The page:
Forecasters monitoring tropical depression far ESE of Big Island
Forecasters are keeping tabs on a tropical depression that formed Wednesday far east-southeast of Hilo.
Tropical Depression 3E was located about 1,400 miles east-southeast of Hilo, traveling west-northwest at 9 mph and packing 35 mph winds as of 5 a.m. Thursday, according to the National Hurricane Center in Miami. The center will monitor the system until it crosses over into the Central Pacific possibly later this week at which point Honolulu-based Central Pacific Hurricane Center forecasters will assume responsibility.
The tropical cyclone was expected to strengthen during the next 24 hours, possibly being upgraded to a tropical storm by Thursday evening, according to the Miami-based forecasters. If that occurs, the storm would be named Boris.
Thereafter, dry air and gradually decreasing sea surface temperatures along the forecast track are likely to cause weakening, forecasters said. The system is expected to be downgraded to a remnant low this weekend, shortly after crossing into the Central Pacific basin, which is where Hawaii is located.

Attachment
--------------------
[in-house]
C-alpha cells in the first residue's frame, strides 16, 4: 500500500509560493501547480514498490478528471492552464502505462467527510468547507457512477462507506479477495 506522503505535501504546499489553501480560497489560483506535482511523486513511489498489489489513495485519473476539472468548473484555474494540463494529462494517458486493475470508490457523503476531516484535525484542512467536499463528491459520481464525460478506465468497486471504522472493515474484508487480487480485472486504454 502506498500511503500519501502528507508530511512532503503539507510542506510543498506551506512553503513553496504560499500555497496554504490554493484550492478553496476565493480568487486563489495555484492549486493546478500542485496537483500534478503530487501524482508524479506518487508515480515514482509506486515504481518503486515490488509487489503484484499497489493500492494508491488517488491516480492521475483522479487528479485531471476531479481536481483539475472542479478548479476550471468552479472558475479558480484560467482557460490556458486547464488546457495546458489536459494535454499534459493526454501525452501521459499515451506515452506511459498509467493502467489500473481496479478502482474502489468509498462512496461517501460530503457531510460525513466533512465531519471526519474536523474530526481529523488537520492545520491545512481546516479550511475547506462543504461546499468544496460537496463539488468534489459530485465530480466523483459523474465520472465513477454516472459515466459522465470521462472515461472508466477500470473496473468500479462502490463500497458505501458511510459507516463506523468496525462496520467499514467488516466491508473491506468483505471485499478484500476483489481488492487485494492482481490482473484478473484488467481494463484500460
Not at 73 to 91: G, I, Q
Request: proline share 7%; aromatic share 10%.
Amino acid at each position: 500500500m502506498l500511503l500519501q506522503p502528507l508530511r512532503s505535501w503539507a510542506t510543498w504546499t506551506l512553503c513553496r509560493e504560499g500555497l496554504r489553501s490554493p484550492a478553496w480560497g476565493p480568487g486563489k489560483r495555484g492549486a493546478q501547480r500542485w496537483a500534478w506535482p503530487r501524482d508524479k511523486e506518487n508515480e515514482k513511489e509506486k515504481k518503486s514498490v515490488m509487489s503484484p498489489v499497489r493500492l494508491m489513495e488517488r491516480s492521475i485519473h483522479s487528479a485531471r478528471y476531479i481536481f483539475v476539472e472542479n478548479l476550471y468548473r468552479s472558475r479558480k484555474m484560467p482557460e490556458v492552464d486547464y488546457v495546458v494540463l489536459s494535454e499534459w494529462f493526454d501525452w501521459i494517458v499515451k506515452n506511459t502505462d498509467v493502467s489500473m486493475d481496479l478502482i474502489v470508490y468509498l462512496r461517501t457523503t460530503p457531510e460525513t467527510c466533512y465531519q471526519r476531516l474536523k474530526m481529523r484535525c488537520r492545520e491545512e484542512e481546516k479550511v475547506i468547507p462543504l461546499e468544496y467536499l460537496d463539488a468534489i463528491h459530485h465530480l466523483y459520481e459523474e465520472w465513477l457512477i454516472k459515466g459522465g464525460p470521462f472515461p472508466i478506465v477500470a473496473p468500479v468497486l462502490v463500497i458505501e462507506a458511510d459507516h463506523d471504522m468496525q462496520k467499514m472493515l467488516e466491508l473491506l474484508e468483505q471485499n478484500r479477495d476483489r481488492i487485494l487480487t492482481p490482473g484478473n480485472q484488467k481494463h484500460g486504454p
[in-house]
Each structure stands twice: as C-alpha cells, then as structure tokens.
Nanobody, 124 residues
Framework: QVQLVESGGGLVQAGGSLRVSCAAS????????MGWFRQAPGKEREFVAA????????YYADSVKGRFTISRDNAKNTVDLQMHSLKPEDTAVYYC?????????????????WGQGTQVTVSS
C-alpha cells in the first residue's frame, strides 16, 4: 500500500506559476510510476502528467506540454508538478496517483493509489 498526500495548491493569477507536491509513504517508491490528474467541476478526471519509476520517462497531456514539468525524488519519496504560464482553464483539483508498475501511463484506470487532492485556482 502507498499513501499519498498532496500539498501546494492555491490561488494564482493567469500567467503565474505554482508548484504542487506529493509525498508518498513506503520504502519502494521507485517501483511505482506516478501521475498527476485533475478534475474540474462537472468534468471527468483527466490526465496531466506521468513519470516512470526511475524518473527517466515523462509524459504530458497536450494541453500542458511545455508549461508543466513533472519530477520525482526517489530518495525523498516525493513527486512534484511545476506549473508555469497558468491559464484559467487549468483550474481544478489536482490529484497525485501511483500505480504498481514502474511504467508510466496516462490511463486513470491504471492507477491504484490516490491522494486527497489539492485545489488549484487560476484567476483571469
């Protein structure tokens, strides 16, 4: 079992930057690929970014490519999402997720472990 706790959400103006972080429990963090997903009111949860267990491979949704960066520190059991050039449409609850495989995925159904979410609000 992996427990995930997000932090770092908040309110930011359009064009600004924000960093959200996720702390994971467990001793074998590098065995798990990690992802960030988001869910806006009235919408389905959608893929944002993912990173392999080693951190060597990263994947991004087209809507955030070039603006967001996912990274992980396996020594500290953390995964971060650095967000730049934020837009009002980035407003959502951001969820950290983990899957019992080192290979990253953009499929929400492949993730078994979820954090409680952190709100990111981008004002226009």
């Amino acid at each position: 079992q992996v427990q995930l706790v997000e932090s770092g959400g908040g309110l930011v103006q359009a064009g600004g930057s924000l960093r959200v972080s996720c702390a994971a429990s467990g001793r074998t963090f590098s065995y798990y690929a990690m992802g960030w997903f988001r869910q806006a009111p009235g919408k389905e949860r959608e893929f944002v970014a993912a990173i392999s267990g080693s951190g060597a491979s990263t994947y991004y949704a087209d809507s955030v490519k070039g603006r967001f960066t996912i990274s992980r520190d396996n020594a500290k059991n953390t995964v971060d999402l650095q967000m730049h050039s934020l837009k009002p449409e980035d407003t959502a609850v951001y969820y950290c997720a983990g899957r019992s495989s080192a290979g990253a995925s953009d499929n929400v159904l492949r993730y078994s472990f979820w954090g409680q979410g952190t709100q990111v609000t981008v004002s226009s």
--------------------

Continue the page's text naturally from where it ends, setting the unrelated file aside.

Forecasters this season called for near- to below-normal tropical cyclone activity within the Central Pacific with two to six tropical cyclones — a category that includes depressions, storms and hurricanes — expected to pass through the basin between June 1 and Nov. 30.
The basin, which normally sees four to five cyclones, spans an area north of the equator from 140 degrees west longitude to the International Date Line. The number of storms has ranged from zero, most recently as 1979, to as many as 16 in 2015.